Two years have passed since the discovery of the Higgs boson (on July 4th, 2012), and the young particle still causes excitement. Originally it was the excess of Higgs decays to photon pairs as seen by the ATLAS experiment - but that anomaly has vanished with more data and more careful analyses. Then, it was the turn of the twin peaks: ATLAS again saw an inconsistent mass measurement with photon pairs and Z boson pairs.
Among the many more-or-less boring news from the ICHEP conference (International Conference on High Energy Physics), which is presently going on in Valencia (Spain), one bit today is sending good vibrations through the spine of many of the few phenomenologists who have chosen to remain faithful to the idea of Supersymmetry all the way to the bitter end. It is the excess of diboson events that ATLAS has just reported there.
A couple of weeks ago I reported here
about the new measurement of the Higgs boson mass produced by the ATLAS experiment. That determination, which used the full dataset of Run 1 proton-proton collisions produced by the LHC in 2011-2012, became and remained for two weeks the most precise one of the Higgs mass. Alas, as I wrote the piece I already knew that CMS was going to beat that result very soon, but of course I could not say anything about it... It ached a bit!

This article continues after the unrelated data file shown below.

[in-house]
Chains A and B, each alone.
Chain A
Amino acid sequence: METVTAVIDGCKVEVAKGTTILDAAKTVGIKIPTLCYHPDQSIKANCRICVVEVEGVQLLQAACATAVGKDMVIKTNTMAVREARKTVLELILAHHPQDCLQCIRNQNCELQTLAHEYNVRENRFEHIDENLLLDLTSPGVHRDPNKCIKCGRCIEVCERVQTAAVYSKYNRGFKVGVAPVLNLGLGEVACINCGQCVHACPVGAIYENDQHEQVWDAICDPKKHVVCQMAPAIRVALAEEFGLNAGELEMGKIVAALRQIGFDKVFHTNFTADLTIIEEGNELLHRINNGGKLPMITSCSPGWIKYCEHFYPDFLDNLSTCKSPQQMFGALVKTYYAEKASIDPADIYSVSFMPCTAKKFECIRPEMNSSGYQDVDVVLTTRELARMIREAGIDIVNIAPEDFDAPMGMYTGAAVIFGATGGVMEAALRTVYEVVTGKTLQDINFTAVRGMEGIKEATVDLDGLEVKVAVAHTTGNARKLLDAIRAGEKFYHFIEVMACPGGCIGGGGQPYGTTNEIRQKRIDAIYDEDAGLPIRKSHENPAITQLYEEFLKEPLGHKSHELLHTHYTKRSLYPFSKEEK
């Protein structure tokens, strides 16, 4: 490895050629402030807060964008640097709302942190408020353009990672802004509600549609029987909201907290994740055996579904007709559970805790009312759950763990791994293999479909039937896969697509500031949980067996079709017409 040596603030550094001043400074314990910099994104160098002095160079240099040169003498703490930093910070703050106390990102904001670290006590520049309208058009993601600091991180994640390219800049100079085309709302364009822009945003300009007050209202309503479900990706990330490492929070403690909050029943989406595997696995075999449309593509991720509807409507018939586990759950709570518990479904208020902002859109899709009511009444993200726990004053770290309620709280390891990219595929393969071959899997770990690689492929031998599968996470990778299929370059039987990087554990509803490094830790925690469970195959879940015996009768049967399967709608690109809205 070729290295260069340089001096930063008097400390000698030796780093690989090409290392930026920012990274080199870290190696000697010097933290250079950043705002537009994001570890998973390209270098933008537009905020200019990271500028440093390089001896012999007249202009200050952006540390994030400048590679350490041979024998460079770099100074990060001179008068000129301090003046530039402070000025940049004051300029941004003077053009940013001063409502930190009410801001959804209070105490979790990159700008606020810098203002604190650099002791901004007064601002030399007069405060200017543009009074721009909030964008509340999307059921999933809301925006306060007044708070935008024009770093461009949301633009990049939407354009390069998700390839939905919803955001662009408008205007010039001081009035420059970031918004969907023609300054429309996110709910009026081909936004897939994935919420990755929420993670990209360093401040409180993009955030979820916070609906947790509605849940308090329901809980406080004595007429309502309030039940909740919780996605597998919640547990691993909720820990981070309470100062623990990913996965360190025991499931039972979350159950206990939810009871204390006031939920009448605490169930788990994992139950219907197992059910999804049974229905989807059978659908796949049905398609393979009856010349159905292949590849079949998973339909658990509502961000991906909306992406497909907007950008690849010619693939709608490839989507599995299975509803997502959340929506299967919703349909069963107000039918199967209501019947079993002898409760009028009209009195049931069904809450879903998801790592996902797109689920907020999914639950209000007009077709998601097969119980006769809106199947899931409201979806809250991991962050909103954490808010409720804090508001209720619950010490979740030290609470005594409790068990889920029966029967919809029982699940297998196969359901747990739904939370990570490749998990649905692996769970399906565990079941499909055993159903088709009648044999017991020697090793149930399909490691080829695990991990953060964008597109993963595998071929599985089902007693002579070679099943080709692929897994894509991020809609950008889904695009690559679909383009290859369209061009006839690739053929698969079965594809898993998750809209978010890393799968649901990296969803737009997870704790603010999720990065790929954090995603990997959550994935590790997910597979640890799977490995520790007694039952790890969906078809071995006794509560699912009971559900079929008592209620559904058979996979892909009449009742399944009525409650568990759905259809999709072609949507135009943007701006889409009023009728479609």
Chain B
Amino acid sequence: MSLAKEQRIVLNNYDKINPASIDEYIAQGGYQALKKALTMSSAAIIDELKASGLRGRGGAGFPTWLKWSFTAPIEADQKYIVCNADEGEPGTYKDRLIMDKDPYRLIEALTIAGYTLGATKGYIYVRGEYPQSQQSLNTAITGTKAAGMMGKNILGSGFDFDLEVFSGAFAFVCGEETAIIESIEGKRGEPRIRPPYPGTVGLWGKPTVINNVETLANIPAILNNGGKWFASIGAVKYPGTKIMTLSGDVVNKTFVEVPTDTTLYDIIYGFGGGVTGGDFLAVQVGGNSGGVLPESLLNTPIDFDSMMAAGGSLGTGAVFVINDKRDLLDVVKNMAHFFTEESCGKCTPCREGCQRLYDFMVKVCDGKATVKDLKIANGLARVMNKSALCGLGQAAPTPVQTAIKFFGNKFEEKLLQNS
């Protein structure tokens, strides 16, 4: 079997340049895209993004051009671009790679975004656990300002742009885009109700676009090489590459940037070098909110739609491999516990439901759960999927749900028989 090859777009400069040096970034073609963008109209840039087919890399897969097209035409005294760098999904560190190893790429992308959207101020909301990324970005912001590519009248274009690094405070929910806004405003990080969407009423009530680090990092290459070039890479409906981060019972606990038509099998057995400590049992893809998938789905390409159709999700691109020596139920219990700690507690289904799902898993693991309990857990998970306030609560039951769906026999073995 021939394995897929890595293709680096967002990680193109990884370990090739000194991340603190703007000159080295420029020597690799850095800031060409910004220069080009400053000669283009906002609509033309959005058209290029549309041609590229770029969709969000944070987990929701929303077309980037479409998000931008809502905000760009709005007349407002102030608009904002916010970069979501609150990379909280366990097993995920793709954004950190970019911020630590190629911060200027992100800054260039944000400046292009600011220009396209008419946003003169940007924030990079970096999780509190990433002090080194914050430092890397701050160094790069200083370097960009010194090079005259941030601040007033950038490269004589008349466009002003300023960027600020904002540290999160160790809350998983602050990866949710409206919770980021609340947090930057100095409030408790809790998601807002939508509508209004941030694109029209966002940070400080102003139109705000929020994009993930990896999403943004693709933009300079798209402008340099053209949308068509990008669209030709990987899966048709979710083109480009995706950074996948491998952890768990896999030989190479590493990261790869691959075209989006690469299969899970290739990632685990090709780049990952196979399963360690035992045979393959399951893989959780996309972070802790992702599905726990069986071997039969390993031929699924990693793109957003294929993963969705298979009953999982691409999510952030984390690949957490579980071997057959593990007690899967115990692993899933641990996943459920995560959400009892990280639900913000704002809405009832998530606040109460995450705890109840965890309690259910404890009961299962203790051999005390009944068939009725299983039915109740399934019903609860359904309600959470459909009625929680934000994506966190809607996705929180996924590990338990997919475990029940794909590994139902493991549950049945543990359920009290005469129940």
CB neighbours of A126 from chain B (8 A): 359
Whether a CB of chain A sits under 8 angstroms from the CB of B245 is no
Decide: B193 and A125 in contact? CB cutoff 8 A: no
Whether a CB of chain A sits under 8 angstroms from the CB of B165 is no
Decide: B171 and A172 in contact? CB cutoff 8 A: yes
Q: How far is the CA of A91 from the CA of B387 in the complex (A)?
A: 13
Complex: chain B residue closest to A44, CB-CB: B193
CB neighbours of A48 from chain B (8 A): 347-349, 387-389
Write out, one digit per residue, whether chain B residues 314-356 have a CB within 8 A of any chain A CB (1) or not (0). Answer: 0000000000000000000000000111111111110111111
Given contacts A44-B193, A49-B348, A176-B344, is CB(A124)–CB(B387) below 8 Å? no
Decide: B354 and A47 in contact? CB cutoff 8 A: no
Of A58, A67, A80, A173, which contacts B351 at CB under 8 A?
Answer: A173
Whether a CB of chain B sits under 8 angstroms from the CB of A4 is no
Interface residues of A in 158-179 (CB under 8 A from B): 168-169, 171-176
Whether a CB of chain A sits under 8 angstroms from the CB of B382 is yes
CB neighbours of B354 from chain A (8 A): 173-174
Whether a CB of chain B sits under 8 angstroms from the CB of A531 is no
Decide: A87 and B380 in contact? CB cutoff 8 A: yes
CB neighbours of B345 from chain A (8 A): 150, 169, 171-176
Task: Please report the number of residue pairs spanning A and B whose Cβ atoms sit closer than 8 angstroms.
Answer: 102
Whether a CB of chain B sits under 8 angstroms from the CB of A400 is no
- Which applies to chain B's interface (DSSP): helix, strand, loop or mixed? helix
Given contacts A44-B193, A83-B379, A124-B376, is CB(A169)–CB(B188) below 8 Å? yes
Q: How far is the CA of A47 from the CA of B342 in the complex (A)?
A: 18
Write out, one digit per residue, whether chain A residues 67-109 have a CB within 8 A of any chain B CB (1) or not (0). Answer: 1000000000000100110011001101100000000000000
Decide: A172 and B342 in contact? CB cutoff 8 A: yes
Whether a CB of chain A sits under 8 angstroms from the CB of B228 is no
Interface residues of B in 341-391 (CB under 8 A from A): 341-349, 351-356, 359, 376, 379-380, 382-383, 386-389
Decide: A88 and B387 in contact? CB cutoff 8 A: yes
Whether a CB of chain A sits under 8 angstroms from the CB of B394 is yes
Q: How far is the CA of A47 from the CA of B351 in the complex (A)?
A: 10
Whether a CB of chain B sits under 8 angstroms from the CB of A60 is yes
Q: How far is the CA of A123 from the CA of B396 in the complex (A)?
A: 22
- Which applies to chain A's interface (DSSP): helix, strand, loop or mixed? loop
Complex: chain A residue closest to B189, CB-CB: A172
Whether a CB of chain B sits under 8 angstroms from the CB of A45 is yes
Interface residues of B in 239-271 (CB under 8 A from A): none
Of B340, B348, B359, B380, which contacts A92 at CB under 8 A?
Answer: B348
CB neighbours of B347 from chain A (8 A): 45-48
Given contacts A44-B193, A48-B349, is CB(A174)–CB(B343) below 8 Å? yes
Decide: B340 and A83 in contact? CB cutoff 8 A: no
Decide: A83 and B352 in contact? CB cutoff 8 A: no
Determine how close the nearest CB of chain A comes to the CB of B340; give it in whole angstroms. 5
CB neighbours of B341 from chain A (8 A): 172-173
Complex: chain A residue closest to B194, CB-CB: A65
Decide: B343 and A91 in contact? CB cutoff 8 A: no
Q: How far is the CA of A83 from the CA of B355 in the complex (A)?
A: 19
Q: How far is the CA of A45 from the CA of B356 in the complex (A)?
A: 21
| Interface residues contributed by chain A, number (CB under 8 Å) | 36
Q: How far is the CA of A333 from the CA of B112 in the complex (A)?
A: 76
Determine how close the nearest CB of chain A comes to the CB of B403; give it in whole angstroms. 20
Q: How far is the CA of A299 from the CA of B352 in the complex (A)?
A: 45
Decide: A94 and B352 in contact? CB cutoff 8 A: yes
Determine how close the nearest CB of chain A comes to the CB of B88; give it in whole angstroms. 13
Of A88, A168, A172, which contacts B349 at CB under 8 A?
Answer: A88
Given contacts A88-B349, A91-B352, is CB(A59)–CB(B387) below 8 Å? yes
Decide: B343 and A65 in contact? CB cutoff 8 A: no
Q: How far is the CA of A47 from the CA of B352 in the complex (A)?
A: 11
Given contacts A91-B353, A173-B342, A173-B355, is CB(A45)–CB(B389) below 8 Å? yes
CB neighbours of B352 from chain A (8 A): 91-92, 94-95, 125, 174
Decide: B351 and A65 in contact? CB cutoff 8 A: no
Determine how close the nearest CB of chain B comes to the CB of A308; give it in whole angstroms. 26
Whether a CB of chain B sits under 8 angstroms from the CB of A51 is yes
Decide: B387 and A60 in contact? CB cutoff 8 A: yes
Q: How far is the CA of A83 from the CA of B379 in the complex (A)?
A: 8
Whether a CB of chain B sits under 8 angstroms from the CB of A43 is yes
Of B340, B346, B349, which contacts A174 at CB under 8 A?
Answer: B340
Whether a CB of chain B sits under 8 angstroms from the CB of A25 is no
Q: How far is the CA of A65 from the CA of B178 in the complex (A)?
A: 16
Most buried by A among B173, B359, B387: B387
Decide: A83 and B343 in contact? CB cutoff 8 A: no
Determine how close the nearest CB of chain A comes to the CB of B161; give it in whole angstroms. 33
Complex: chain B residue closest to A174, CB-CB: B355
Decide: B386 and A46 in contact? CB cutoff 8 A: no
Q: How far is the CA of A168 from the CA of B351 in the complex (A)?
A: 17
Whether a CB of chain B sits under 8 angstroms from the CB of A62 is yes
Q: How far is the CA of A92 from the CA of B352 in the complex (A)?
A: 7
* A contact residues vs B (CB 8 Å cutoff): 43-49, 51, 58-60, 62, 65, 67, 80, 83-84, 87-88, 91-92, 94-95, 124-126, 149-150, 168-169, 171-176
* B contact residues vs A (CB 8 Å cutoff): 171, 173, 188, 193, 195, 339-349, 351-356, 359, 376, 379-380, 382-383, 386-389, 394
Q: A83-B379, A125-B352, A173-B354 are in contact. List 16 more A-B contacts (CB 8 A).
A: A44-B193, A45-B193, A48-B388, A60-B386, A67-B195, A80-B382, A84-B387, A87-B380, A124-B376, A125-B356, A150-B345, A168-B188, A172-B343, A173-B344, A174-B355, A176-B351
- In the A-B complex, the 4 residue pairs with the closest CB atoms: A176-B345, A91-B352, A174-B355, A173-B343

Forty-eight centuries ago, a bronze-age settlement flourished on the southern coast of Peloponnese, about 30 miles south of what would two thousand years later become the important town of Sparta. The city had a harbour facing east on calm waters, and had a few dozen buildings, roads, a burial site, and probably more. We do not know its ancient name, so the place has been called with the name of the modern-times place, Pavlopetri.
Do you remember the top quark asymmetry measurements of CDF and DZERO ? A few years ago they caused quite some excitement, as both experiments were observing a departure from standard model expectations. This could really be the place where one would first observe new physics associated with top quark production, so the analyses triggered quite some theoretical investigations, deeper studies, and model building.
When I was five years old I used to be sort of an attraction to relatives. One of my mother's brothers is an engineer, and he was amazed by my ability to do complex calculations by heart. But to me it was only amusing to observe their amazement for what I considered a triviality.
On one occasion - I remember it as it was yesterday - my uncle picked me up and while he kept me with his arms he asked me "Ok, let's see this. Tommaso, what is the square root of 5968?". Mind you, I do not remember the exact number; I only recall it was between 5000 and 7000. I watched up into the void for two seconds, and I replied "77.3". Uncle Ciccio put me down and ran for the pocket calculator - he did have one, although they were a real novelty those years.